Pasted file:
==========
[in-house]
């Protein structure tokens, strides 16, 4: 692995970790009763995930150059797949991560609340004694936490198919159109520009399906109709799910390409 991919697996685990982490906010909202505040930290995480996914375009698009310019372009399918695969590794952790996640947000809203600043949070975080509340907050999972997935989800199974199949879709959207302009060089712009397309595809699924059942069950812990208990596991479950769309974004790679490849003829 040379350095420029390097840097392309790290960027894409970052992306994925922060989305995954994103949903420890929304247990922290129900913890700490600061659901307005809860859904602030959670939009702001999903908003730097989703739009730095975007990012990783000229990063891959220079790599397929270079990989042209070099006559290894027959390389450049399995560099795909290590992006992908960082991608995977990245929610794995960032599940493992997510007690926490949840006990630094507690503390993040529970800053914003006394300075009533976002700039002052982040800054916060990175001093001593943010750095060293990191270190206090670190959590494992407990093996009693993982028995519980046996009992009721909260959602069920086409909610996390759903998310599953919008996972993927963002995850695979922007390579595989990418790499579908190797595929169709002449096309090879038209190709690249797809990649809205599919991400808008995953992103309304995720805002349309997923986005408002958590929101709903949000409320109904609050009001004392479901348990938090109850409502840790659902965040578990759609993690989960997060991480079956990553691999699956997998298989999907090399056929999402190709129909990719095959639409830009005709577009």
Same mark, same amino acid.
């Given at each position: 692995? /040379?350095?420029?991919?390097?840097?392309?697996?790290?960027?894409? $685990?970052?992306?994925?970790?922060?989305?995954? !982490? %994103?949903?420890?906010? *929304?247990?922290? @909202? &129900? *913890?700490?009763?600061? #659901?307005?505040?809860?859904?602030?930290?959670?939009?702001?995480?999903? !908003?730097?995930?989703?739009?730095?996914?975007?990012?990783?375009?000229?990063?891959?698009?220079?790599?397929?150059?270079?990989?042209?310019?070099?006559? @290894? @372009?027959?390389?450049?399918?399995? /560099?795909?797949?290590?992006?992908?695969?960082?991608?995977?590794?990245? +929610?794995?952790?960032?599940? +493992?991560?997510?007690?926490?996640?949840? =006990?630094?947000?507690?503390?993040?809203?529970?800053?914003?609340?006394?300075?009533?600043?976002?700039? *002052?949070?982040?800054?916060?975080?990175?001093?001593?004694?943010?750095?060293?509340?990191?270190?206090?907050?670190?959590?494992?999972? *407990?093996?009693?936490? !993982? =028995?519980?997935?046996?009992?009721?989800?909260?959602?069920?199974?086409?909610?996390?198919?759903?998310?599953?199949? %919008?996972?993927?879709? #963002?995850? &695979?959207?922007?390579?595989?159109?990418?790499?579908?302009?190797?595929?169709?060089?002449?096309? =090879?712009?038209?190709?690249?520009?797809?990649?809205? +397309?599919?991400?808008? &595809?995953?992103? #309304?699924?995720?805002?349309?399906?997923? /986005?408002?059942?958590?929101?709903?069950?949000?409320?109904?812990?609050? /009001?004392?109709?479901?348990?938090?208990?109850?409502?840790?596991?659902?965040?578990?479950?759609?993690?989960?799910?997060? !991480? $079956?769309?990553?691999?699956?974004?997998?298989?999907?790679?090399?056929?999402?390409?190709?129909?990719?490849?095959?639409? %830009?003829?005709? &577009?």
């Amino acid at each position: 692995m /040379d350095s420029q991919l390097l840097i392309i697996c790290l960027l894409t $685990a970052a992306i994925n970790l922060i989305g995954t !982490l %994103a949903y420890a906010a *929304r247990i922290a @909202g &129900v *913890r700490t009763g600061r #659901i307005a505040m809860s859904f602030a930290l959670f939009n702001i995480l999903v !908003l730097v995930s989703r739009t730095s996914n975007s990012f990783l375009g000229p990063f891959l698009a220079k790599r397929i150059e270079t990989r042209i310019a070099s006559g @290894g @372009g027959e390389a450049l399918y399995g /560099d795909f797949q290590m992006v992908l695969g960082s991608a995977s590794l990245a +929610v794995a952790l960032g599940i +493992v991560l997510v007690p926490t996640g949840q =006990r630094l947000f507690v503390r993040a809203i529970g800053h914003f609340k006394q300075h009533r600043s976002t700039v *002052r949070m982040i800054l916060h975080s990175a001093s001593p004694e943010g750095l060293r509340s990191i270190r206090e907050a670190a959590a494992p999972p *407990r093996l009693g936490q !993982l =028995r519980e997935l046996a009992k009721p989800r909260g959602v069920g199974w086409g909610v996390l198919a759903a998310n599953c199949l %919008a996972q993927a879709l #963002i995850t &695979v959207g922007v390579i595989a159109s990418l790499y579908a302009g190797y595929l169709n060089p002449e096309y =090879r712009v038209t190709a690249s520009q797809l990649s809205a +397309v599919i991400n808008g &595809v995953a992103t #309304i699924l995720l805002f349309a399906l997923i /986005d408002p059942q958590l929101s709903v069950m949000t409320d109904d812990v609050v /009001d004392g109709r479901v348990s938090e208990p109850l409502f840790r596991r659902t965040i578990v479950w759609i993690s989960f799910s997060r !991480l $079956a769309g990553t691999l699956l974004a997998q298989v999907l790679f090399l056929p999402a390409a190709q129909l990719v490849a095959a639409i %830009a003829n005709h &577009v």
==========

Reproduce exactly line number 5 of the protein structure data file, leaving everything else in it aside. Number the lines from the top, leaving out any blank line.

């Amino acid at each position: 692995m /040379d350095s420029q991919l390097l840097i392309i697996c790290l960027l894409t $685990a970052a992306i994925n970790l922060i989305g995954t !982490l %994103a949903y420890a906010a *929304r247990i922290a @909202g &129900v *913890r700490t009763g600061r #659901i307005a505040m809860s859904f602030a930290l959670f939009n702001i995480l999903v !908003l730097v995930s989703r739009t730095s996914n975007s990012f990783l375009g000229p990063f891959l698009a220079k790599r397929i150059e270079t990989r042209i310019a070099s006559g @290894g @372009g027959e390389a450049l399918y399995g /560099d795909f797949q290590m992006v992908l695969g960082s991608a995977s590794l990245a +929610v794995a952790l960032g599940i +493992v991560l997510v007690p926490t996640g949840q =006990r630094l947000f507690v503390r993040a809203i529970g800053h914003f609340k006394q300075h009533r600043s976002t700039v *002052r949070m982040i800054l916060h975080s990175a001093s001593p004694e943010g750095l060293r509340s990191i270190r206090e907050a670190a959590a494992p999972p *407990r093996l009693g936490q !993982l =028995r519980e997935l046996a009992k009721p989800r909260g959602v069920g199974w086409g909610v996390l198919a759903a998310n599953c199949l %919008a996972q993927a879709l #963002i995850t &695979v959207g922007v390579i595989a159109s990418l790499y579908a302009g190797y595929l169709n060089p002449e096309y =090879r712009v038209t190709a690249s520009q797809l990649s809205a +397309v599919i991400n808008g &595809v995953a992103t #309304i699924l995720l805002f349309a399906l997923i /986005d408002p059942q958590l929101s709903v069950m949000t409320d109904d812990v609050v /009001d004392g109709r479901v348990s938090e208990p109850l409502f840790r596991r659902t965040i578990v479950w759609i993690s989960f799910s997060r !991480l $079956a769309g990553t691999l699956l974004a997998q298989v999907l790679f090399l056929p999402a390409a190709q129909l990719v490849a095959a639409i %830009a003829n005709h &577009v």